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Logic seminar

usually takes place each Monday at 16:00 in IM, rear building, ground floor
Chair: Pavel Pudlak, Neil Thapen, Jan Krajíček
More information on the old seminar web page. The programme is announced via the mailing list.

Quantified Boolean formulas: proof systems, circuit complexity, and solving

Olaf Beyersdorff
Friedrich Schiller University Jena
Monday, 11. January 2021 - 15:30 to 17:00
This talk will start with an overview of the relatively young field of QBF proof complexity, explaining QBF proof systems (including QBF resolution) and an assessment of which lower bound techniques are available for QBF proof systems. In the main part of the talk, I will explain hardness characterisations for QBF proof systems in terms of circuit complexity, yielding very direct connections between circuit lower bounds and QBF proof system lower bounds. The talk will also cover the relations between QBF resolution and QCDCL solving algorithms. Modelling QCDCL as proof systems we show that QCDCL and Q-Resolution are incomparable.

This talk is based on two recent papers, joint with Joshua Blinkhorn and Meena Mahajan (LICS'20) and with Benjamin Boehm (ITCS'21).

Propositional branching program proofs and logics for L and NL

Sam Buss
University of California, San Diego
Monday, 14. December 2020 - 15:30 to 17:00
We introduce systems of propositional logic for reasoning directly with decision trees, non-deterministic decision trees, branching programs and non-deterministic branching programs. These propositional systems allow reasoning about properties in non-uniform logarithmic space and non-deterministic logarithmic space. We also report on work-in-progress to use these propositional proof systems for the bounded arithmetic theories VL and VNL with proof theoretic strength corresponding to logarithmic space and non-deterministic logarithmic space. The talk will start with an overview of the propositional proof systems which are already known to have close correspondences with bounded arithmetic. The new results are joint work with Anupam Das and Alexander Knop.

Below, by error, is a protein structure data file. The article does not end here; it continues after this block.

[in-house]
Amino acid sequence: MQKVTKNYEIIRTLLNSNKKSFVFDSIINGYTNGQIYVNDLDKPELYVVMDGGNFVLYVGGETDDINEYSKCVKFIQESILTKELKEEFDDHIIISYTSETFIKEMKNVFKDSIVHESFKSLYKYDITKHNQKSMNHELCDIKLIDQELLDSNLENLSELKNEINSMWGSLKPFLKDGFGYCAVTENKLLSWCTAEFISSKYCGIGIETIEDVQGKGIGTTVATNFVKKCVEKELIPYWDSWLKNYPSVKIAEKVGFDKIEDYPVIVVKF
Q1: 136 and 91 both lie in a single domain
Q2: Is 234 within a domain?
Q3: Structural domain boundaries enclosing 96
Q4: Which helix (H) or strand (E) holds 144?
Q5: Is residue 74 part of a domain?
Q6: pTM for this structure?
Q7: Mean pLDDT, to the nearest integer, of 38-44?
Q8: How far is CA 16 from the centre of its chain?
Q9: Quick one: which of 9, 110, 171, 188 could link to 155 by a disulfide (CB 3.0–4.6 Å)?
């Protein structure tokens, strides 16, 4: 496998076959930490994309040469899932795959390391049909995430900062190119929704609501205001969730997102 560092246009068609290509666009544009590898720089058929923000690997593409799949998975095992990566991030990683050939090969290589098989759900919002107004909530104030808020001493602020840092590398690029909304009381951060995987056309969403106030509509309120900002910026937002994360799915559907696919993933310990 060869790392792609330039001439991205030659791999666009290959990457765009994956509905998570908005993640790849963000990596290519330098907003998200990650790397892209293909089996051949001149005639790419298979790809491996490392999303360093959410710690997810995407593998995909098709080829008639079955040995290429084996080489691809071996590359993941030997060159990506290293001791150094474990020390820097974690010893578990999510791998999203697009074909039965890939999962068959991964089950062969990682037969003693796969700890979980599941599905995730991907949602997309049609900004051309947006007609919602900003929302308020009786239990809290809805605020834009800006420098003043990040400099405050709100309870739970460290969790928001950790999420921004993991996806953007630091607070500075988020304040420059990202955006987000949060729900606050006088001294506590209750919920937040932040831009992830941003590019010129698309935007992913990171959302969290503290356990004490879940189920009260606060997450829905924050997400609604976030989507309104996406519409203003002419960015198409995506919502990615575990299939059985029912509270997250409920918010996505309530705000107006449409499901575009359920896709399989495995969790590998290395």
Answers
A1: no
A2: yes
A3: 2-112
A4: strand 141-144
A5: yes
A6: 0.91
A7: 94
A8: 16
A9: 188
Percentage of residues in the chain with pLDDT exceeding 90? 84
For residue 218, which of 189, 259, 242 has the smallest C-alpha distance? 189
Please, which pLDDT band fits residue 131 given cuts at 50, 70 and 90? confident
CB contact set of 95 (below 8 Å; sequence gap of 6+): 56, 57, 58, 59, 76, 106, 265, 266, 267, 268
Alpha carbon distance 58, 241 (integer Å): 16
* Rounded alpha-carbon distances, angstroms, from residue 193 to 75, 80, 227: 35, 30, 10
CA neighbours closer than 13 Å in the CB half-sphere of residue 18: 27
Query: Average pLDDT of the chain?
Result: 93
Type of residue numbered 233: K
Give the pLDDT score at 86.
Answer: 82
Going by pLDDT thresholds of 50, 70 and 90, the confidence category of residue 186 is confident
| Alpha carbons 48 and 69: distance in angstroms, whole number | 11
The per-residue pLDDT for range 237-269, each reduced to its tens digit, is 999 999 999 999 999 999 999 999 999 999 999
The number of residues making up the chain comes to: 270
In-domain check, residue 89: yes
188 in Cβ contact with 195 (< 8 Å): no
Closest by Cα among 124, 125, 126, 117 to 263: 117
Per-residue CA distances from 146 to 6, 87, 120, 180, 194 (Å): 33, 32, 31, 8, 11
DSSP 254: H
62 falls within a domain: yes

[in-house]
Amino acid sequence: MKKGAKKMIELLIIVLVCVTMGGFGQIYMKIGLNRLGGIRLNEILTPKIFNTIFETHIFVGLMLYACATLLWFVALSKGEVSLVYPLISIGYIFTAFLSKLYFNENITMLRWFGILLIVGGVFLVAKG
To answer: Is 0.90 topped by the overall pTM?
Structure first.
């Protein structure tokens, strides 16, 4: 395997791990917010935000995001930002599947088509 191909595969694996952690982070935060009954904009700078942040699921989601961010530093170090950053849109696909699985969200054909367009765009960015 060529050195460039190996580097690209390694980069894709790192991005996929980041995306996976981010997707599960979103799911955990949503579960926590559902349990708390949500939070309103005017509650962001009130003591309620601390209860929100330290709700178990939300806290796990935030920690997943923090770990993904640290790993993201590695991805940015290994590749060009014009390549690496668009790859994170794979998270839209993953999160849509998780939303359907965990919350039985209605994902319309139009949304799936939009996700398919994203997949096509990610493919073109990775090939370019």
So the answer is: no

Interactive theorem proving for the working logician

Jeremy Avigad
Carnegie Mellon University
Monday, 7. December 2020 - 15:30 to 17:00
Over the last few decades, computational proof assistants have made it possible to construct formal axiomatic derivations of increasing complexity. They are now used to verify that hardware and software designs meet their specifications, as well as to verify the correctness of mathematical proofs. The practice has taken root and promises to play an important role in mathematics and computer science.

In this talk, I will survey the technology, with an emphasis on formal mathematics. I will then discuss aspects of interactive theorem proving that may be of interest to the working logician, and places where a better theoretical understanding can lead to progress. Specifically, I'll discuss the need for practical foundations, search procedures, decision procedures, and proof systems.

Automating tree-like resolution in time n^o(log n/ log log n) is ETH-hard

Susanna F. de Rezende
Monday, 30. November 2020 - 15:30 to 17:00
It is known that tree-like resolution is automatable in time n^O(log n). In this talk we will show that under ETH tree-like resolution is not automatable in time n^o(log n/ log log n). We will also provide an alternative, arguably simpler proof of the result of Alekhnovich and Razborov (SIAM J. Comput. 2008) that unless the fixed parameter hierarchy collapses, tree-like resolution is not automatable in polynomial time. The proof builds on a joint work with Mika Göös, Jakob Nordström, Toni Pitassi, Robert Robere and Dmitry Sokolov (ECCC 2020), which presents a simplification of the breakthrough result of Atserias and Müller (JACM 2020).